MamaBlogger365 – Mommy, Why Does That Lady’s Sweater Have Lights On It? (Teaching Kids About Different Cultural Holiday Traditions) by Mary Rekosh

I was recently asked to write an article for a local (Charlottesville, VA) news magazine (The C-Ville Weekly) outlining the basics of a few of the different cultural traditions that are observed during the winter season, which is a great time of year to engage our children in discussion about some of the customs and beliefs of the many cultures in our melting pot. Normally I don’t post my locally minded articles to the Mamazina blog, but this one required me to do actual research (Gasp! You mean I can’t always rely on the sources of material that gave me stretch marks?)… and as it turns out, I learned an interesting thing or two. I thought I’d share the gist of the piece with Mamazina readers, in hopes that you find a takeaway to spark conversation with your own kids. Here goes:

While different holiday traditions serve the very important purpose of preserving aspects of the heritage of a group of people while honoring a significant time in their past, they are most important because there are usually yummy traditional desserts that are prepared for each one. Nom nom nom.

Whether you’re devoutly religious or just along for the desserts (don’t judge), hopefully this (very) basic breakdown of a few of the major winter holidays will be a helpful tool for you to use in discussions with your kids about how –and why- different families in our local neighborhoods around the world celebrate this magical time between late November and the New Year.


Who? Hanukkah is a Jewish holiday, also known as ‘Festival of Lights’ that is celebrated around the world.

What? In 165 B.C.E., the Jewish Maccabees managed to drive the Syrian army out of Jerusalem and reclaim their temple. The temple then had to be rededicated, since the Greek-influenced Syrians had taken it over as a temple to Zeus. The Hebrew word Hanukkah means “dedication”. When the sacred temple menorah (candelabra) was re-lit, there was only enough sacred oil to burn for one day. However, according to tradition, the oil miraculously lasted eight days until more purified oil could be found.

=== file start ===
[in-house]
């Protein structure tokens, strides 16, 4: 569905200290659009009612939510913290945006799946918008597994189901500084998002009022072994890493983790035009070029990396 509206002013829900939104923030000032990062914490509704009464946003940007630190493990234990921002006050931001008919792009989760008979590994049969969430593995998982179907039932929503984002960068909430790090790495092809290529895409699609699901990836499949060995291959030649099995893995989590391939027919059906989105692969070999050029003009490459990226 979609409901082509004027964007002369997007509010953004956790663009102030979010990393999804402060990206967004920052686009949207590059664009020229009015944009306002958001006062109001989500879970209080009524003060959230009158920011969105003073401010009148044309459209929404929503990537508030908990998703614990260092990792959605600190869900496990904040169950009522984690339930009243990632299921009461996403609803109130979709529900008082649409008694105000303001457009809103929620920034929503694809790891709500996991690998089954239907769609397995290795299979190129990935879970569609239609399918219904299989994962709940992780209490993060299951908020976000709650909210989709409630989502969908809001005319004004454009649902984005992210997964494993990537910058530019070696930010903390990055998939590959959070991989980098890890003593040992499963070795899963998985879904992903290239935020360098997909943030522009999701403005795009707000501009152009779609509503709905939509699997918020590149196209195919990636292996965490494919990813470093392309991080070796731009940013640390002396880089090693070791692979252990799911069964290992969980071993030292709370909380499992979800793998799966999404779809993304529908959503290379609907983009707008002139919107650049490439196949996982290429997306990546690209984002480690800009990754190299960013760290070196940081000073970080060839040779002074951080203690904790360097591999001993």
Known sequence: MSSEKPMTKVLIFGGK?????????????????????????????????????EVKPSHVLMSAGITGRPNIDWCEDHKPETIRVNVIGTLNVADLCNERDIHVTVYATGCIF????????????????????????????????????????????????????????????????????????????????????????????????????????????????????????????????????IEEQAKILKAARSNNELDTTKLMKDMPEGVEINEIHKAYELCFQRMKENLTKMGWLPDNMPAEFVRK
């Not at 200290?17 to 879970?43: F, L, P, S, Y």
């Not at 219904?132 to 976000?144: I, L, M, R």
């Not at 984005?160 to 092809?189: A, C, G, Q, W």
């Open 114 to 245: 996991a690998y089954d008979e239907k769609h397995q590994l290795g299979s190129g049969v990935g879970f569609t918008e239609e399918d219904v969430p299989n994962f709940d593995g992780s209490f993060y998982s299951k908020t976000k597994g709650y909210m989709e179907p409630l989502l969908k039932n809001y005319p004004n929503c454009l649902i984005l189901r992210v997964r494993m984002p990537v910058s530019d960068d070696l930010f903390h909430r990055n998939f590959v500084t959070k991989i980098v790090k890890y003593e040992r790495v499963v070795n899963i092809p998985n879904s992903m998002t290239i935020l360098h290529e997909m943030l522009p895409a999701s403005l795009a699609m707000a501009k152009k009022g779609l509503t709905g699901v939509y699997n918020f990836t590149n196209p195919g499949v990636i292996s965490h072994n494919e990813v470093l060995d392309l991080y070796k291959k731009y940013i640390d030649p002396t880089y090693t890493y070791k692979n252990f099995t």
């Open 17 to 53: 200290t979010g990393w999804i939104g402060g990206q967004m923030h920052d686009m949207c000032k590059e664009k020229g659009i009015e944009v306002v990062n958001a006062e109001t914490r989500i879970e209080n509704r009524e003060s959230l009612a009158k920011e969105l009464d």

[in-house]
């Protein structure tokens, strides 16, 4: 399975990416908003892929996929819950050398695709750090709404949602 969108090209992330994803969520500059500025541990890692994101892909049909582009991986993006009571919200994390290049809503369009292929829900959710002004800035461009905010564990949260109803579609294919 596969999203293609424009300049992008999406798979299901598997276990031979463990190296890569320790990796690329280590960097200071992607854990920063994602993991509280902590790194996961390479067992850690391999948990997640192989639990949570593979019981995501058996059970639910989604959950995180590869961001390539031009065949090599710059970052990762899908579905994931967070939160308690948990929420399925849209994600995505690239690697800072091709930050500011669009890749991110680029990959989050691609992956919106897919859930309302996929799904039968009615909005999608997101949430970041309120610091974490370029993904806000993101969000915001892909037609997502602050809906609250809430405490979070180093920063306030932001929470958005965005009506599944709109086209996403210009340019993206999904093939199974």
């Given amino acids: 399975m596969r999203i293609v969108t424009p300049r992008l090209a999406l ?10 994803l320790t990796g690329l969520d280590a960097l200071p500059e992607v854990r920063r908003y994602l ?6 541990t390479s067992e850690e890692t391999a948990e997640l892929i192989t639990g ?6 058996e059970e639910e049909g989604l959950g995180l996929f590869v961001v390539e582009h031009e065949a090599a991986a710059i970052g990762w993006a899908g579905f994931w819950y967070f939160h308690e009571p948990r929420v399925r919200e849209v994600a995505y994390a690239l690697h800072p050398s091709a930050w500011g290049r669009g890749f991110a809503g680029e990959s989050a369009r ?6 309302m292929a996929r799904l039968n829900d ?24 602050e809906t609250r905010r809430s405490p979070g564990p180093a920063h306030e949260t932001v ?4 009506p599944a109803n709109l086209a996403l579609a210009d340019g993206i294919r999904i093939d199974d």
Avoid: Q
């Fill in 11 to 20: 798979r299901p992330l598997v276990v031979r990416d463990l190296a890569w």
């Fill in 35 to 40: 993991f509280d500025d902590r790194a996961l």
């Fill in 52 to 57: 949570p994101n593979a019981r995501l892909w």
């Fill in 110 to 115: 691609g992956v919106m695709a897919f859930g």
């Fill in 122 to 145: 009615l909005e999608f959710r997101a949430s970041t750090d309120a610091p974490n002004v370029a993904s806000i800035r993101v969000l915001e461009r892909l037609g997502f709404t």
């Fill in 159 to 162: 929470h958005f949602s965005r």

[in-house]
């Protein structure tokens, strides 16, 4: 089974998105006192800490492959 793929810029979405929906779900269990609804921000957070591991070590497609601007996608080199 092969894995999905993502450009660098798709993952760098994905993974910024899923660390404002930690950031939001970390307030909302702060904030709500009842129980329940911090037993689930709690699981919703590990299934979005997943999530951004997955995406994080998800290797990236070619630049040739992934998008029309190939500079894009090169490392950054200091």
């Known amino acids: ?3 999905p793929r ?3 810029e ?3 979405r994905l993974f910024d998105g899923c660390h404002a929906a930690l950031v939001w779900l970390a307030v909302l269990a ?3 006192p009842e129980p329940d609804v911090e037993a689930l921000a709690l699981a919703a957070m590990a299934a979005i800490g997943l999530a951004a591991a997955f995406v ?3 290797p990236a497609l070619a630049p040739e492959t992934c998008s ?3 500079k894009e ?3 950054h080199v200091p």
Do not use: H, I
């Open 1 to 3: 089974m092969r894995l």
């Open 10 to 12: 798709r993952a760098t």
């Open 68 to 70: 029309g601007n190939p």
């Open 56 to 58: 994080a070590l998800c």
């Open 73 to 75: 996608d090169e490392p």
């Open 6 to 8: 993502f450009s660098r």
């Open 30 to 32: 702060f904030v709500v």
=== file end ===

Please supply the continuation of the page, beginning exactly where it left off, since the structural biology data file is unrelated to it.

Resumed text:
In remembrance, a candle is lit each of the eight days of Hanukkah. Children receive gifts of gelt or money in remembrance of the coins minted by the new independent Maccabee state, and they play games of dreidel (a spinning four-sided top). The tradition of receiving a gift on each of the eight days of Hanukkah is fairly recent, and by the way kids whose families celebrate both Christmas and Hanukkah really clean up during the month of December.

When? Hanukkah is celebrated on the 25th day of the Jewish calendar month of ‘Kislev’. This usually, but not always, falls in December but is on a different day of the traditional Gregorian calendar each year.

That’s Cool, But What’s For Dessert? Potato latkes (potato pancakes) are traditionally served with sweet applesauce. Think deconstructed apple pie, but a little more on the savory side. Mmmmmm…


Who? Kwanzaa originated as an African American holiday and generally remains that way, but some non-African Americans also celebrate.

What? Kwanzaa (a name derived from the Swahili phrase matunda ya kwanza, meaning first fruits of the harvest) is a relatively new holiday, having been created in the mid-1960s by Maulana Karenga as a way for African Americans to reconnect with their African cultural and historical heritage by uniting in meditation and study of African traditions and Nguzu Saba, the “seven principles of African Heritage”. The seven principles, each of which is celebrated for one day of the seven-day holiday, are: Unity, Self-Determination, Collective Work and Responsibility, Cooperative Economics, Purpose, Creativity and Faith.

Families celebrating Kwanzaa decorate their households with objects of art, colorful African cloths, and and display and enjoy fresh fruits that represent African idealism. The holiday greeting is “Joyous Kwanzaa”.

A Kwanzaa ceremony may include drumming and musical selections, shared libations, a discussion of the African principle of the day or a chapter in African history, a candle-lighting ritual, artistic performance, and a feast. It is customary to include children in Kwanzaa ceremonies and to give respect and gratitude to ancestors.

When? December 26-January1

That’s Cool, But What’s For Dessert? Traditional Kwanzaa desserts tend to incorporate the fresh, sweet fruits mentioned above. Examples include mango pound cake and Ambrosia, which is known in Greek mythology as “food of the Gods” and can reflect a global menu by using exotic fruits from the Caribbean such as mango, papaya, and star fruit.